MATTHEWS:  SO he asked to join this list, you think, of Republicans that I‘m throwing out here, I‘m accumulating of Lugar, Brownbeck...


MATTHEWS:  ... Gordon Smith, Chuck Hagel, Boynevitch (ph) Lott and Warner.  He might want to sidle up to that list. 


MATTHEWS:  I forgot Norm Coleman.  He may want to get on that list, right? 

CRAWFORD:  He certainly does.  He‘s up in 2008 and he‘s already put out noises about that...

MATTHEWS:  Have you noticed the guys who are moving against the president are also the ones who are up in 2008?  Gordon Smith or Oregon...


MATTHEWS:  Now, let‘s not get too cynical, here.  Well, we are, of course.

Dana Milbank just pointed out the fact that there is a parallel between the Republicans who decide this war wasn‘t such a great deal and those who are Republicans up for re-election: Gordon Smith of Oregon, which is a pretty anti-war state historically.  And then of course, Norm Coleman of Minnesota, which is historically Hubert Humphrey country and Walter Mondale and Gene McCarthy country, not exactly hawk country.  Do you think that they‘re all running scared now?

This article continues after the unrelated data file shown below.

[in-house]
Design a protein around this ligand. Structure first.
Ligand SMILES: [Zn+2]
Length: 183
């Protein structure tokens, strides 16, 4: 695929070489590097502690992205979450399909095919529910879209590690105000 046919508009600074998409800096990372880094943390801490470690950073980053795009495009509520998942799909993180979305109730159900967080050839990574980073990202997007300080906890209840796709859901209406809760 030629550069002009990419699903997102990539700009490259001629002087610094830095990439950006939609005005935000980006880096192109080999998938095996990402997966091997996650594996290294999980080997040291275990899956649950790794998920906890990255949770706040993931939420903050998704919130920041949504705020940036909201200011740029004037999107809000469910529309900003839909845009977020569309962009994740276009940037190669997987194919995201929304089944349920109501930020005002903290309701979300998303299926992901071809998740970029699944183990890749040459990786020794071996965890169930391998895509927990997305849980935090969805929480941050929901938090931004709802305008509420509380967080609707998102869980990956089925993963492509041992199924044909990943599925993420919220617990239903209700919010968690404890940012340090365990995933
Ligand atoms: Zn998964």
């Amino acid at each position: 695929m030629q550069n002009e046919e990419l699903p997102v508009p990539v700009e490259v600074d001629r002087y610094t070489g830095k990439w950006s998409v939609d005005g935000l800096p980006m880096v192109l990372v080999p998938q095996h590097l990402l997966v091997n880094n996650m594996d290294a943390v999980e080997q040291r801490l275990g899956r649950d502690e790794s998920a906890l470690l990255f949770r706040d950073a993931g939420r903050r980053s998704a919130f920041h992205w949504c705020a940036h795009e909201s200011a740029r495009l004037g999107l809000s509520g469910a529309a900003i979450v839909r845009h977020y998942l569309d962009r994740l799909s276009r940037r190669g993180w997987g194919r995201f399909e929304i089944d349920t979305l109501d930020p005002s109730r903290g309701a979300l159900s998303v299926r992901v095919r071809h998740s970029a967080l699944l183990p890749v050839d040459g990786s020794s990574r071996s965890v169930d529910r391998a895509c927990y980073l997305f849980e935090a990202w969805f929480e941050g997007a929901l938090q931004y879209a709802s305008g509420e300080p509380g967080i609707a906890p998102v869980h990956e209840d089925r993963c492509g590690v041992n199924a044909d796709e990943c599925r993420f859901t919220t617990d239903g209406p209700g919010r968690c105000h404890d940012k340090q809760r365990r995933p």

CRAWFORD:  Democrats are trying to create something here that‘s easy for these Republicans to vote for, which is why it‘s nonbinding.  And also...

MATTHEWS:  So, this is fly paper. 

CRAWFORD:  ... the White House‘s attitude toward the public was clear in Dick Cheney‘s interview just before the midterm election, when he said it doesn‘t matter. 

MATTHEWS:  Maybe the Democrats are learning how to fight this war. 

Anyway, we‘ll be back with Dana Milbank and Craig Crawford.

You‘re watching HARDBALL, only on MSNBC. 


MATTHEWS:  Welcome back to HARDBALL. 

We‘re back with the “Washington Post‘s” Dana Milbank and “Congressional Quarterly‘s” Craig Crawford. 

Dana, what do you make of the fact that John Edwards out there, sort of the third man—the third place guy running for the presidency on the Democratic side, is out there referring to the McCain doctrine?  He‘s saying President Bush tonight will accept the McCain doctrine.  He is already directly aiming his fire at the man he thinks will be the Republican nominee.